In the aftermath of the secretly negotiated UBS takeover, Reuters reported that CS had been battling a crisis of confidence of its own making for months, after years of scandals and losses. Reuters reporters argued that the UBS takeover broke one of the golden lessons out of the GFC by concentrating even more capital in a single global banking behemoth – UBS.

Many commentators and analysts are arguing this crisis in international banking is far from over.

Reuters also speculated that pressure from European regulators and the Saudis had pushed the CS rescuers in Switzerland to turn another long-held golden rule of global banking on its head – “In the end, the Swiss agreed, choosing to wipe out 16 billion of francs of bonds, compensating shareholders with 3 billion francs and turning a key principle of bank funding on its head – namely, that shareholders rather than bondholders take the first hit from a bank failure,” Reuters reported.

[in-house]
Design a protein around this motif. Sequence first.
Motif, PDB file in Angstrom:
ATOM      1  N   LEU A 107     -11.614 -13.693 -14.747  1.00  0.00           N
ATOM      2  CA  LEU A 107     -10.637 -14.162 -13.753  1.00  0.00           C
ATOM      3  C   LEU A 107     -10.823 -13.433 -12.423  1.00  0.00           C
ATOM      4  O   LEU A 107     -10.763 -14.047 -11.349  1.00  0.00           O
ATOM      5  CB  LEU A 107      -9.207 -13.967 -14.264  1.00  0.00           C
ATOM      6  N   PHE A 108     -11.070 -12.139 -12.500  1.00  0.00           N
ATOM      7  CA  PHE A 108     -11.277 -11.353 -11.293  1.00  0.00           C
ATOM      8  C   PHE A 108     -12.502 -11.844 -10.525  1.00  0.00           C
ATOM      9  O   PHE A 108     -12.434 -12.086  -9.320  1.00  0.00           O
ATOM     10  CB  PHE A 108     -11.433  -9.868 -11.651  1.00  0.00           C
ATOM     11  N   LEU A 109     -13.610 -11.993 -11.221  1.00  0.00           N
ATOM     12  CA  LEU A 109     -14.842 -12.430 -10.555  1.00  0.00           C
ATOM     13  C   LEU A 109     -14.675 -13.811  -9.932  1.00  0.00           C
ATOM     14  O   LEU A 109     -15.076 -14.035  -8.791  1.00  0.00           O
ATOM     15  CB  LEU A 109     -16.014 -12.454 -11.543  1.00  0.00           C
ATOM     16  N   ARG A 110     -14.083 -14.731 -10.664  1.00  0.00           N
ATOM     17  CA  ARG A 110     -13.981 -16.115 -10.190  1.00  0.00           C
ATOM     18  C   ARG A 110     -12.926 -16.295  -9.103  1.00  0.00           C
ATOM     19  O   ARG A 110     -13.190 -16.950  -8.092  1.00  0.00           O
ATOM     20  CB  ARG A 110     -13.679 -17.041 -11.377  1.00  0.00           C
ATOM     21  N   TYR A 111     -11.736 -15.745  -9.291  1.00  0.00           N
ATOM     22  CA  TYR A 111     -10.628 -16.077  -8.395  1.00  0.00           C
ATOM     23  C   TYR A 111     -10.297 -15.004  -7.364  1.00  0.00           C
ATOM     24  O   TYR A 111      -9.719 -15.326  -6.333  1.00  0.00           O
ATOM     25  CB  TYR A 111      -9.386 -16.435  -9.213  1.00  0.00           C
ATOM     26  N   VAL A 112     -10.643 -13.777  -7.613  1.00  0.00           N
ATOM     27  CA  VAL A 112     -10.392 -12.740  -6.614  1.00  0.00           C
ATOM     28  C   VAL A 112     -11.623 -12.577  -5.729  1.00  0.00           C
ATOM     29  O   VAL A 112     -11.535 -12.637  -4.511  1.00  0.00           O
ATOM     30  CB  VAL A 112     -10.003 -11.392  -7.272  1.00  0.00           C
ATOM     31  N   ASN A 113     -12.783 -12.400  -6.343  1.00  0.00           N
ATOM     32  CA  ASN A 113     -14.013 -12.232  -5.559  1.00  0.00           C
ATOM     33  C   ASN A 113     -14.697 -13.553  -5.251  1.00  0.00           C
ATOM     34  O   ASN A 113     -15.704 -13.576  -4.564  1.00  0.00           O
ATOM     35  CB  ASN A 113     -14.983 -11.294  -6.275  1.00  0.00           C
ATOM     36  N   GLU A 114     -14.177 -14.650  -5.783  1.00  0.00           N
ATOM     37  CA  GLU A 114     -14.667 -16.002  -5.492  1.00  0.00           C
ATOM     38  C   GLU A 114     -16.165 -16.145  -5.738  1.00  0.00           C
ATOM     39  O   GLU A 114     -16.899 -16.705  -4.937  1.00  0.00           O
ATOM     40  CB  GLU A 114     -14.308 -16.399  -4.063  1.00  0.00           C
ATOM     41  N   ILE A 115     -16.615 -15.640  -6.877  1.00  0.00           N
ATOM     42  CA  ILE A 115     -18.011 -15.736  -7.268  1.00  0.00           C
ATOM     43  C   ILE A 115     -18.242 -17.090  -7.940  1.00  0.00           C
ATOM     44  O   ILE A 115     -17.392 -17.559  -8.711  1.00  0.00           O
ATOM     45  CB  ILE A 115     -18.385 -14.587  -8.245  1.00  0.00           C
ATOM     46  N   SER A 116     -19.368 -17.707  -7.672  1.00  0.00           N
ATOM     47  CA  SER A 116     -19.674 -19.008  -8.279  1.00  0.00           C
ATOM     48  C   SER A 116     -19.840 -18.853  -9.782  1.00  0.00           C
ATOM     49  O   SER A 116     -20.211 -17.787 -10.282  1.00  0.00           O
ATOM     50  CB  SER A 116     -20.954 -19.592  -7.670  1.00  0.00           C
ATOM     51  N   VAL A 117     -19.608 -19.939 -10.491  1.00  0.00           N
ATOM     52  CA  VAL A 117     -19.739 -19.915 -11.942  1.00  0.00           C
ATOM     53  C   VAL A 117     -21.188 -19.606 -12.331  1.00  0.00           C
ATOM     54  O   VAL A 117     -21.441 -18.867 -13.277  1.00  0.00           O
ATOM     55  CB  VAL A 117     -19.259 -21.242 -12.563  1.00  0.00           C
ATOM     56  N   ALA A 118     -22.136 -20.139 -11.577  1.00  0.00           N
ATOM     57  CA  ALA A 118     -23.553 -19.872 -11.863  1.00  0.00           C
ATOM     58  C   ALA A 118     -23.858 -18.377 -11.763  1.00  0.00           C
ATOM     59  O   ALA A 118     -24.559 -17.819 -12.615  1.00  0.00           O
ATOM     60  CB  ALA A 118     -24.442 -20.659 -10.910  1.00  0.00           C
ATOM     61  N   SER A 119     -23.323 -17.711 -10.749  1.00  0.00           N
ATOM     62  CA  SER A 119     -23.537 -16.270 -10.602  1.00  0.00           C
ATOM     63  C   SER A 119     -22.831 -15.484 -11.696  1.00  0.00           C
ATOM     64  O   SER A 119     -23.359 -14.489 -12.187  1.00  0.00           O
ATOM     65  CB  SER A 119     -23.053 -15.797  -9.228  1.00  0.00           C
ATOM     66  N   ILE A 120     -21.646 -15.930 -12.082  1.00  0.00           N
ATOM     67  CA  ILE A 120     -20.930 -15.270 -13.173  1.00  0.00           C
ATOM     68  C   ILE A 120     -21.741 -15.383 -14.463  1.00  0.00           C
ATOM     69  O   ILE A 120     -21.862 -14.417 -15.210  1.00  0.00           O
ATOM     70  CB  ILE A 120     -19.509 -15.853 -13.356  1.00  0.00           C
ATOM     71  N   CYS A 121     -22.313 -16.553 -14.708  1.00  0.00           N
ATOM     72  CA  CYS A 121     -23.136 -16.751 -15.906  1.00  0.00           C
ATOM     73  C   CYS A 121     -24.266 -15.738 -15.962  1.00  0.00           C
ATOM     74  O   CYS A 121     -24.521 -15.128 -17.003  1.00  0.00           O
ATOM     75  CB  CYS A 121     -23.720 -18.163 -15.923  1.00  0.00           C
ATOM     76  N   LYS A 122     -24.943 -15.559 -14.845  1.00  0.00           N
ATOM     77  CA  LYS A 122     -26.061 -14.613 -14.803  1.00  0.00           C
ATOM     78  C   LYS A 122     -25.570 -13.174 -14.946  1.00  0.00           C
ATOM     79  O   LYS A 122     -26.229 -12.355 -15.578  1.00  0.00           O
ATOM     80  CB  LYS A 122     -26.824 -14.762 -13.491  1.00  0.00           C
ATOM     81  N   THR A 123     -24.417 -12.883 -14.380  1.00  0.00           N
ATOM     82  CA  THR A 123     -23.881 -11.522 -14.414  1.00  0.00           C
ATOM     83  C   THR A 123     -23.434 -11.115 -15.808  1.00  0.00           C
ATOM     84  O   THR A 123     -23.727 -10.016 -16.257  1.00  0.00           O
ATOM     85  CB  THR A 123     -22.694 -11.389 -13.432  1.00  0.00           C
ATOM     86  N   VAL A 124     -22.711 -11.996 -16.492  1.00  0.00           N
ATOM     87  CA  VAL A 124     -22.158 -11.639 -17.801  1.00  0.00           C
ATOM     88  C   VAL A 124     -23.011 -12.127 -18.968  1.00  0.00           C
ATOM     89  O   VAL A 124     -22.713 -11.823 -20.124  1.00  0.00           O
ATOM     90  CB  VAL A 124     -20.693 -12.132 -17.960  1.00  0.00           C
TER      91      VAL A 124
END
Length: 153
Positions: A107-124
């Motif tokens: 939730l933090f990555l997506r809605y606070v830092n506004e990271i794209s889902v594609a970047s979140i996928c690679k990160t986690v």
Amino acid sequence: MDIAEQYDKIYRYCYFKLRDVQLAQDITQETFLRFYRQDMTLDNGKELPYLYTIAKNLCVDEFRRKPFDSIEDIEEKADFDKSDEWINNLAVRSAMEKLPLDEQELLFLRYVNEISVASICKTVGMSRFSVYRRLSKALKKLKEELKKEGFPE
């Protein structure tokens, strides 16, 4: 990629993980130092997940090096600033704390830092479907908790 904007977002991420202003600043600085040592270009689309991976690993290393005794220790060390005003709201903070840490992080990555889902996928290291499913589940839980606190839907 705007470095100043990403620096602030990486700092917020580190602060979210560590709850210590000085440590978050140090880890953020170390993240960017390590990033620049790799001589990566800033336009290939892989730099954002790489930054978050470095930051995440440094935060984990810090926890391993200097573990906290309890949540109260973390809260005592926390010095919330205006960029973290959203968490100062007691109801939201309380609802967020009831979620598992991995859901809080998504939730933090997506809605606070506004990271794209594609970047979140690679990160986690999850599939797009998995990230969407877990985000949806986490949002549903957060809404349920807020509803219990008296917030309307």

The impact of this crisis on bond markets around the world will be one of the most troubling factors for lenders, borrowers and investors. Let’s go back to the US situation for a moment. Prior to the recent run of bank failures, many banks had been investing their reserves in US Treasury Securities (bonds) which had been paying very low interest rates.

Then the Federal Reserve started to increase the official cash rate to bring escalating inflation under control. As rates went up, bond prices went down and the market value of bank capital reserves followed. Forced to shore up their capital reserves, some banks started selling bonds at substantial losses.